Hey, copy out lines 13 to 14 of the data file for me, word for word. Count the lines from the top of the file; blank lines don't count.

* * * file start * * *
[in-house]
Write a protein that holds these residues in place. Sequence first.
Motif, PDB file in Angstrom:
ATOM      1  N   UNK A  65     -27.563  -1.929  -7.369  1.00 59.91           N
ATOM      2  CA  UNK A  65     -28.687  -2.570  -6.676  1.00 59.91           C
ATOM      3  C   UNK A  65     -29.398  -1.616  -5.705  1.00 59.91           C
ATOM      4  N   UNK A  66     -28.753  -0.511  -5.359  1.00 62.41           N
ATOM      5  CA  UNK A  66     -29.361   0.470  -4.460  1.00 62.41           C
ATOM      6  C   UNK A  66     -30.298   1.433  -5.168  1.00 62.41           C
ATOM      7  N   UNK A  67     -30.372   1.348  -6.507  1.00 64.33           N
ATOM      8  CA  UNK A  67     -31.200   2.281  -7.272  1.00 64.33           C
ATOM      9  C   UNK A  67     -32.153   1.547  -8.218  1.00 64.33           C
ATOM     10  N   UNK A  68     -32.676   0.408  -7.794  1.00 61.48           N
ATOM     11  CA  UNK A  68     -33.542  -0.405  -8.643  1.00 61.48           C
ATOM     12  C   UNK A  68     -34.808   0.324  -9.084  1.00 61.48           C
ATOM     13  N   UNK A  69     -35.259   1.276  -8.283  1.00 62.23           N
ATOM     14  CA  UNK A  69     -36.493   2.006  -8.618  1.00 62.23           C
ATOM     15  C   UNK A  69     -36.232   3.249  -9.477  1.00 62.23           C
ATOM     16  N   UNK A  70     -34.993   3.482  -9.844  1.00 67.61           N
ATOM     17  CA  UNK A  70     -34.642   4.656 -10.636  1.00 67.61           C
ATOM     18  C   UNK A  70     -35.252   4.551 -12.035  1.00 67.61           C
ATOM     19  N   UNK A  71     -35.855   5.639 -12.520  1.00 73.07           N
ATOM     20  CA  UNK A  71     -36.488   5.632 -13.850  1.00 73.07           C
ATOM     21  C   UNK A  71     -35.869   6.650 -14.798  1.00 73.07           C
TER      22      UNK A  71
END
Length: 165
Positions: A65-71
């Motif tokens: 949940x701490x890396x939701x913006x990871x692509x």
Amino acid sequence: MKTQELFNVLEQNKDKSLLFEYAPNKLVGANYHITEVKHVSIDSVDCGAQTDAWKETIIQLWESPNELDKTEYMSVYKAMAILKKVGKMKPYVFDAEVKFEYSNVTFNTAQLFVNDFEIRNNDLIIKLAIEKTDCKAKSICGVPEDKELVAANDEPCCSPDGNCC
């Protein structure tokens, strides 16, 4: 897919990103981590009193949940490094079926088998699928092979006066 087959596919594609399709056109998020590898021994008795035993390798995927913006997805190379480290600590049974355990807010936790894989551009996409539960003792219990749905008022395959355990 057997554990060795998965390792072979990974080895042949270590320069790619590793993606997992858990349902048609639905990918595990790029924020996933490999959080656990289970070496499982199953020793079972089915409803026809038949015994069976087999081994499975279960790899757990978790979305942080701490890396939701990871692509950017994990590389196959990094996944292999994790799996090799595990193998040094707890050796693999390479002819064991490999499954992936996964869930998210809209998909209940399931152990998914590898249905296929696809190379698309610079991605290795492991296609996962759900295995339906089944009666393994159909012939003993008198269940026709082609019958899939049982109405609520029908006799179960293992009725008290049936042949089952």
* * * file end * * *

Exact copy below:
ATOM     10  N   UNK A  68     -32.676   0.408  -7.794  1.00 61.48           N
ATOM     11  CA  UNK A  68     -33.542  -0.405  -8.643  1.00 61.48           C